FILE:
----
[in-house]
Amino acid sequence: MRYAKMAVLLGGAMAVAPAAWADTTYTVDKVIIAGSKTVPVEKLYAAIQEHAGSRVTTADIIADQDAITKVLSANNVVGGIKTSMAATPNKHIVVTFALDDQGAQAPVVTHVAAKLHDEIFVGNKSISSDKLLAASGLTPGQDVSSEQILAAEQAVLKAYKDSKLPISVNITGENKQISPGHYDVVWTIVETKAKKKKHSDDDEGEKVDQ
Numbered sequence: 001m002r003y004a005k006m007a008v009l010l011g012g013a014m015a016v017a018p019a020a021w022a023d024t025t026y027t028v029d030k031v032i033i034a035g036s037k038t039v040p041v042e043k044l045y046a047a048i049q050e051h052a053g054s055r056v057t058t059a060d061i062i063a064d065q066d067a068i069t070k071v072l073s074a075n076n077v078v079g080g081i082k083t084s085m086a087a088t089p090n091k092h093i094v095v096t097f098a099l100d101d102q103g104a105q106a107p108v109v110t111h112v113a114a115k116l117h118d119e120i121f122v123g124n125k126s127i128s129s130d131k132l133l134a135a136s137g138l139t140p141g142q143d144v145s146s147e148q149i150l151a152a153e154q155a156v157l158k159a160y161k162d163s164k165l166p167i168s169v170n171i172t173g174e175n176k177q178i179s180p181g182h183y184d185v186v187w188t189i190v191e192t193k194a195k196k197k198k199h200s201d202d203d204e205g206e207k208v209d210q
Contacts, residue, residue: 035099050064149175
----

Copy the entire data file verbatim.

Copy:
[in-house]
Amino acid sequence: MRYAKMAVLLGGAMAVAPAAWADTTYTVDKVIIAGSKTVPVEKLYAAIQEHAGSRVTTADIIADQDAITKVLSANNVVGGIKTSMAATPNKHIVVTFALDDQGAQAPVVTHVAAKLHDEIFVGNKSISSDKLLAASGLTPGQDVSSEQILAAEQAVLKAYKDSKLPISVNITGENKQISPGHYDVVWTIVETKAKKKKHSDDDEGEKVDQ
Numbered sequence: 001m002r003y004a005k006m007a008v009l010l011g012g013a014m015a016v017a018p019a020a021w022a023d024t025t026y027t028v029d030k031v032i033i034a035g036s037k038t039v040p041v042e043k044l045y046a047a048i049q050e051h052a053g054s055r056v057t058t059a060d061i062i063a064d065q066d067a068i069t070k071v072l073s074a075n076n077v078v079g080g081i082k083t084s085m086a087a088t089p090n091k092h093i094v095v096t097f098a099l100d101d102q103g104a105q106a107p108v109v110t111h112v113a114a115k116l117h118d119e120i121f122v123g124n125k126s127i128s129s130d131k132l133l134a135a136s137g138l139t140p141g142q143d144v145s146s147e148q149i150l151a152a153e154q155a156v157l158k159a160y161k162d163s164k165l166p167i168s169v170n171i172t173g174e175n176k177q178i179s180p181g182h183y184d185v186v187w188t189i190v191e192t193k194a195k196k197k198k199h200s201d202d203d204e205g206e207k208v209d210q
Contacts, residue, residue: 035099050064149175